More than 3,000 performers are taking part in what has been promised as the "largest ever" recreation of the Battle of Hastings in East Sussex.
Re-enactments are staged each year but this is set to be the largest
English Heritage said an audience of 20,000 people was expected to attend the event on Saturday and Sunday.
Re-enactors from Europe, Scandinavia, Russia, the US and Australia were taking part, a spokesman said.
A restaging of Harold's march from Yorkshire to Sussex also took place in the run-up to the battle.
English Heritage said performers would be living on the site in 11th Century-style encampments.
Re-enactments on the actual battlefield in Hastings take place every year, but the charity said this was the largest restaging attempted so far.
"Never before has English Heritage recreated the battle on this scale," its website said.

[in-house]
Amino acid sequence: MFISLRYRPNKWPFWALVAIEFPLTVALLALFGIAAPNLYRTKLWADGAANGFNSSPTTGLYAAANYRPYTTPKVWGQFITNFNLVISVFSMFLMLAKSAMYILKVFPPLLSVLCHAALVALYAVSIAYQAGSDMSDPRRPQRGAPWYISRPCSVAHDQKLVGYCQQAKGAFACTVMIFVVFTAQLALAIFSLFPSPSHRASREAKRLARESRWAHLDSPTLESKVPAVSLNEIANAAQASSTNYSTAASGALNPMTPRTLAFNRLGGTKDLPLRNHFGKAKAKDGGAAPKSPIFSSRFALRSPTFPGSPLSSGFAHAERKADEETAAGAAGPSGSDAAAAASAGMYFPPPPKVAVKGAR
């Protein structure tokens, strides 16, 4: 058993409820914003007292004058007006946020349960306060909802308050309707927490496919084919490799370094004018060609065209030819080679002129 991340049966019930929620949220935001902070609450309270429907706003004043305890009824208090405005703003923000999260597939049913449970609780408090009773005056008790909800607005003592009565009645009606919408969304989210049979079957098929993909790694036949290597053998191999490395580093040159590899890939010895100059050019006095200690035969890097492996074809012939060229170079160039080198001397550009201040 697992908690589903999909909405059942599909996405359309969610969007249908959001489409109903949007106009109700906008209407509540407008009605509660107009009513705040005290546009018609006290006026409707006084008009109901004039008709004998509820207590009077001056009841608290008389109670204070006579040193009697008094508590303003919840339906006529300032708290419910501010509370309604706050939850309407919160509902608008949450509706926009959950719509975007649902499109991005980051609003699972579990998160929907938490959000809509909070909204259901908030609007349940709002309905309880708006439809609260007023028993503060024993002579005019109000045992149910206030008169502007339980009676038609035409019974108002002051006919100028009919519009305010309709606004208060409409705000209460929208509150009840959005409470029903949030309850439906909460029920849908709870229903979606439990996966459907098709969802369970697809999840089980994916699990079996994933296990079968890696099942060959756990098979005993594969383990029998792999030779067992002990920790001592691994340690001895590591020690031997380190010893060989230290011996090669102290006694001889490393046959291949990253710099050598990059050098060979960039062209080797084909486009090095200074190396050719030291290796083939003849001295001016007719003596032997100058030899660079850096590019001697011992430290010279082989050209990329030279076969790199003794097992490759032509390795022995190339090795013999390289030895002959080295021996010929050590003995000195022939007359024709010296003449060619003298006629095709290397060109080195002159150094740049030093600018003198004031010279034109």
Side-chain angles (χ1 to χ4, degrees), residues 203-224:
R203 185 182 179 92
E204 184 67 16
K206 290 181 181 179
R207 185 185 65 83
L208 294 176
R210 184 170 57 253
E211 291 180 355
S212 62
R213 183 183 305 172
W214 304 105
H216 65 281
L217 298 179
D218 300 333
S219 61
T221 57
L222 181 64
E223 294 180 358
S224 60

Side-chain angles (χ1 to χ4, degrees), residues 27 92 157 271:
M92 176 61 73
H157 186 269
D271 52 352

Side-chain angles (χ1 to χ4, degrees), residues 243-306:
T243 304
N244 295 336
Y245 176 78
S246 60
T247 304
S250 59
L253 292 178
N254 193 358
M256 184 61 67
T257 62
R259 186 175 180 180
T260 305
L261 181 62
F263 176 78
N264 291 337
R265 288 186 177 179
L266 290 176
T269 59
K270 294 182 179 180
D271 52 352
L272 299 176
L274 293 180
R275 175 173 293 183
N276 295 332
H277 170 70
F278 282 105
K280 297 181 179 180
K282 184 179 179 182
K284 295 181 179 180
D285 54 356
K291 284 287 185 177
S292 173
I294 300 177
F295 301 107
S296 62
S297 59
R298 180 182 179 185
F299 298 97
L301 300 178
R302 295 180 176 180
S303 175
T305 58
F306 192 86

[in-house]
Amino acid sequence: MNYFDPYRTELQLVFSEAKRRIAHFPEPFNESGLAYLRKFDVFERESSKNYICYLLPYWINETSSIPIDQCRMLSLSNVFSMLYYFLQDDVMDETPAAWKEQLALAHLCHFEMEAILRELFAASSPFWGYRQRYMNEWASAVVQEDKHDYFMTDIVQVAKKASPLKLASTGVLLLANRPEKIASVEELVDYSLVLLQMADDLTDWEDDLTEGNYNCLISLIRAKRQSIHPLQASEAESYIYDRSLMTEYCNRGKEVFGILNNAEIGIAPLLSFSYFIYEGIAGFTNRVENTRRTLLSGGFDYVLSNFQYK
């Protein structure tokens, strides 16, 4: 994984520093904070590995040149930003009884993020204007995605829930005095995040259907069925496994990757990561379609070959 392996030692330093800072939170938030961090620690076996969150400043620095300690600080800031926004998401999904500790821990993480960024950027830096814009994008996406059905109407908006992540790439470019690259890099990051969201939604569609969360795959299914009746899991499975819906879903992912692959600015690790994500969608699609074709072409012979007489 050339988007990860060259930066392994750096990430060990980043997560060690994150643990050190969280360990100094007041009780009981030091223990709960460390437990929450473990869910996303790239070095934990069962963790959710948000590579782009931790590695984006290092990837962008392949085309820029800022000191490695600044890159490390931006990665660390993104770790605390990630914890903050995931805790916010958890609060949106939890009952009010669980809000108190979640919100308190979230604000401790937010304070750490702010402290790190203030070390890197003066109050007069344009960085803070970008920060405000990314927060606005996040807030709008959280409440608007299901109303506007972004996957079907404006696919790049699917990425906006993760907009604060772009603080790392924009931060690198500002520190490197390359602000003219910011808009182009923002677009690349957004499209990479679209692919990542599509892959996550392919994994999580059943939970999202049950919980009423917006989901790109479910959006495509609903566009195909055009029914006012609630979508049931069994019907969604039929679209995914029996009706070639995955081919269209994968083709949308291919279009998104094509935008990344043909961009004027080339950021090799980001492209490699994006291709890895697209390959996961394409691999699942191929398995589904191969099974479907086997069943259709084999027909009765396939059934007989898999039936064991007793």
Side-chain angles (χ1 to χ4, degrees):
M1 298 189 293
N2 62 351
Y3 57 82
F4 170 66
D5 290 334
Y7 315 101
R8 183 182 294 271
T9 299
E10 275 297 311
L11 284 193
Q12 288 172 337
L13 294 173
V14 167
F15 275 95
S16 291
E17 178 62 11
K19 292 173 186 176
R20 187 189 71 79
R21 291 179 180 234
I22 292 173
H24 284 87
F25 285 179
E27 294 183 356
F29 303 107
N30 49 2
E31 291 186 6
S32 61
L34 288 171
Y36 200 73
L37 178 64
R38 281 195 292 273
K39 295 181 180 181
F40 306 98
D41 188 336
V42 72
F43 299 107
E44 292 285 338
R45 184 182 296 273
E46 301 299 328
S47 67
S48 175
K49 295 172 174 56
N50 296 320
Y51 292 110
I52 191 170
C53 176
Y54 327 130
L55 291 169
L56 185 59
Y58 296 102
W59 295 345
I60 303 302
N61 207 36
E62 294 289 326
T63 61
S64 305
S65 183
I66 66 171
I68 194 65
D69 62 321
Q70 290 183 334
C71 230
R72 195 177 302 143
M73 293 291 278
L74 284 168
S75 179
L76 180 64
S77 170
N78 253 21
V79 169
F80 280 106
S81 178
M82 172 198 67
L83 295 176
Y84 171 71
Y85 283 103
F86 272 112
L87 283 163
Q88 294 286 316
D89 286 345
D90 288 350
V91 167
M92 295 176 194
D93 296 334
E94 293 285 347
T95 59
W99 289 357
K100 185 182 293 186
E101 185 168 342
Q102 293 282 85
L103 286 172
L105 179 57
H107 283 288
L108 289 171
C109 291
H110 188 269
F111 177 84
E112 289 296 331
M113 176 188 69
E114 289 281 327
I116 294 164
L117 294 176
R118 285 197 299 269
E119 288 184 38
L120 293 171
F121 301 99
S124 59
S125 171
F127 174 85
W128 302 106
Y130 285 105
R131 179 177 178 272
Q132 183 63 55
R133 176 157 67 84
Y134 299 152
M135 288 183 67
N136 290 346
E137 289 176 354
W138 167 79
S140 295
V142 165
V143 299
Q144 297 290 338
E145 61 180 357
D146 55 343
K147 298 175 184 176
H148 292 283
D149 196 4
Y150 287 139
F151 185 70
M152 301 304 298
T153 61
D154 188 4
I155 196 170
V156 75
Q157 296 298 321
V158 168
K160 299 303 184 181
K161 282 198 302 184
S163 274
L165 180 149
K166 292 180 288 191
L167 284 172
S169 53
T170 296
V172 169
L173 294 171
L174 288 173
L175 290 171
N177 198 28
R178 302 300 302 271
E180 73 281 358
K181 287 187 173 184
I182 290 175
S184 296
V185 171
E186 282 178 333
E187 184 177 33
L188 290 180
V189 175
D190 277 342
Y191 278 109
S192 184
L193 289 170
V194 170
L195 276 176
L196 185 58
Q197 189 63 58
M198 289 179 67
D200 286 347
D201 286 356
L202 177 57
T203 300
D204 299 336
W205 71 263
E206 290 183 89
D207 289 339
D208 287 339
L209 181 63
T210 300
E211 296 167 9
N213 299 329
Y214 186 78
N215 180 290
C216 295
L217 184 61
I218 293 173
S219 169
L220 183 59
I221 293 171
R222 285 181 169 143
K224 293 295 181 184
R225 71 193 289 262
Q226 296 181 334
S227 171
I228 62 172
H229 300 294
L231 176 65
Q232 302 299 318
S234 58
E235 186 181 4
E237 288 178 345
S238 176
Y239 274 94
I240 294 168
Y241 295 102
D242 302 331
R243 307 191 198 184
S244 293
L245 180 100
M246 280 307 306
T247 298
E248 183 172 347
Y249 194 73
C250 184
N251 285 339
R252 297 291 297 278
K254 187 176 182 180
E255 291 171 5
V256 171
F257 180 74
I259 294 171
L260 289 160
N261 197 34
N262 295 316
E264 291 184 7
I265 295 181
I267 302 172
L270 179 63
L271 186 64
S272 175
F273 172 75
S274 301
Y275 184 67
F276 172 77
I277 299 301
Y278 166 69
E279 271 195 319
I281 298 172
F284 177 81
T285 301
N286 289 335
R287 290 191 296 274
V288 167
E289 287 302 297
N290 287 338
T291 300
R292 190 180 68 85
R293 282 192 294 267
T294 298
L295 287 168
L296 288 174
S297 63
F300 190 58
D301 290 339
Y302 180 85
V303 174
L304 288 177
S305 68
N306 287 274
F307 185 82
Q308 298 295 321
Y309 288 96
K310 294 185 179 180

"William and Harold will face each other on the field of battle supported by 100 mounted troops and fearsome foot soldiers as they clash swords for the crown of England."
Steven Lowe, a participant from New Zealand, said: "The feeling of being in line, defending a hill against thousands of people coming up against you, the feeling of disorientation, the feeling of the group spirit, it's wonderful."
And Warren Cummins, a Canadian enthusiast, said: "For the last several years I've been involved in re-enactment.
"It's an honour I think to come out here and recreate something that was so significant in world history."
Arrow in the eye
Edward the Confessor's death in January 1066 left an unstable country and three contenders for the throne - Earl Harold of Wessex, who was named King, Duke William of Normandy, and King Harald Hardrada of Norway.
When Harald Hardrada landed in the north of England to claim his throne, King Harold marched north to face him and defeated him at a battle at Stamford Bridge, near York.
But then the Normans invaded and the Saxon army raced back south, arriving at Battle, in East Sussex, on the evening of Friday 13 October.
The engagement began the next day and resulted in King Harold's death, believed to be the result of being shot in the eye with an arrow.
Duke William won the battle and was crowned King William I in Westminster Abbey on 25 December that year.